2018-04-28 5:08 GMT+02:00 Armin Rigo <armin.rigo@gmail.com>:

On 26 April 2018 at 07:50, Raymond Hettinger
<raymond.hettinger@gmail.com> wrote:
>> [Raymond Hettinger <raymond.hettinger@gmail.com>]
>>> After re-reading all the proposed code samples, I believe that
>>> adopting the PEP will make the language harder to teach to people
>>> who are not already software engineers.
> (...)
> Python is special, in part, because it is not one of those languages.
> It has virtues that make it suitable even for elementary school children.
> We can show well-written Python code to non-computer folks and walk
> them through what it does without their brains melting (something I can't
> do with many of the other languages I've used).  There is a virtue
> in encouraging simple statements that read like English sentences
> organized into English-like paragraphs, presenting itself like
> "executable pseudocode".

I must admit that when I heard about this PEP I thought "this April
1st joke was already done long ago".  I'm sorry to discover that, this
time, it is not actually one.  Thank you, Raymond, for an unlikely
attempt at reminding people what made Python so special---in your
opinion, and mine.

A bientôt,


Same feeling here. What I really appreciate of Python from long time is its readability: the fact that usually I read the code as English-like sentences.

It was nice to see the usage of the "as" keyword in the try/except construct as well as in the with one, instead of introducing another bunch of symbols which will make it more difficult to decode the meaning of the writing.
Same for the "if/else" ternary operator, which I read like "[give] x if cond else y", instead of the cryptic "?:" of C-like languages. It was a nice and wise design decision.

For similar reasons, I did/don't like the @ for matrix multiplication because it doesn't give me any immediately, useful information which makes it easier to decode the meaning. A "mul" binary operator would have worked better, for example.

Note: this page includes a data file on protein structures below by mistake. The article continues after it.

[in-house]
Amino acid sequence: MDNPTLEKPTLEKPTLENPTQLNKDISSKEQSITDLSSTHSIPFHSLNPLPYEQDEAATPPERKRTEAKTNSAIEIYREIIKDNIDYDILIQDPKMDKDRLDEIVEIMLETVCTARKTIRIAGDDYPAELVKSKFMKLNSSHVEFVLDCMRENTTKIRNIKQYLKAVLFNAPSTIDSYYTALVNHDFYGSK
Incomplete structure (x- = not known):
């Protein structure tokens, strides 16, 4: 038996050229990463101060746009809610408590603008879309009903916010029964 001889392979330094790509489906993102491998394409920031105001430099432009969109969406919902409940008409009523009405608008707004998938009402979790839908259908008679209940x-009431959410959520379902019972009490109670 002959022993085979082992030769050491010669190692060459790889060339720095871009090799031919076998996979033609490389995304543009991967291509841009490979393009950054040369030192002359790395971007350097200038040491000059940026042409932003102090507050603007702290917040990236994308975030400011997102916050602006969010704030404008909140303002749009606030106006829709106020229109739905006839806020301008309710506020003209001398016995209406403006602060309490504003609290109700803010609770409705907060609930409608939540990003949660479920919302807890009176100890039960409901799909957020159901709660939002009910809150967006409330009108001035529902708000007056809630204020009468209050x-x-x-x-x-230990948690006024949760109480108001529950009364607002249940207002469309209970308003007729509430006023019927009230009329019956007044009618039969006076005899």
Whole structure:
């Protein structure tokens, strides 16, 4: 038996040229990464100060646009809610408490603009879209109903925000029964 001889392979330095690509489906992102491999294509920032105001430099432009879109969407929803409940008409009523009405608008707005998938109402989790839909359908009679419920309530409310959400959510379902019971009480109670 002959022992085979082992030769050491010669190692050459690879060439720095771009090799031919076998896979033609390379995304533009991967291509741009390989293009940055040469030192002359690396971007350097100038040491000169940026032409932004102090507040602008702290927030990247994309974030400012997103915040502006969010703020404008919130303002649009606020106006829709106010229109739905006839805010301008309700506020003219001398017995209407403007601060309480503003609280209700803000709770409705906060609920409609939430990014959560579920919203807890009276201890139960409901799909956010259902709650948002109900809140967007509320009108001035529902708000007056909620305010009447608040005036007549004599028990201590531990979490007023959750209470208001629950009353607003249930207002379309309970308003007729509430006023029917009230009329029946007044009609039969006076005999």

I hope that Python core developers refuse the temptation to introduce new operators using symbols for new features: it's a short way to keep backward-compatibility, for sure, but if the price to pay is the readability, then I don't think that it's worth to do it.

Regarding the assignment operator, I also find it a (bad, since it's not so much readable inside expressions) duplicate of the assignment statement. To be more precise, why should we keep the latter once with the former we can do the same things (and more)? Then drop the assignment statement and just leave the operator!

BTW, as a pythonist I've also felt the need to have some way to "bind" values to variables in some context, but it's pretty much related to comprehensions, for obvious reasons I think.
I would have appreciated an "as" keyword, only inside such constructs, but I don't see any value extending it for any generic context, since we already have the assignment statement which works quite well and doesn't introduce nasty side-effects "ala C-like languages".
So, IMO it's better to stay as we are instead of introducing another kludge to the language, if we cannot maintain a good readability.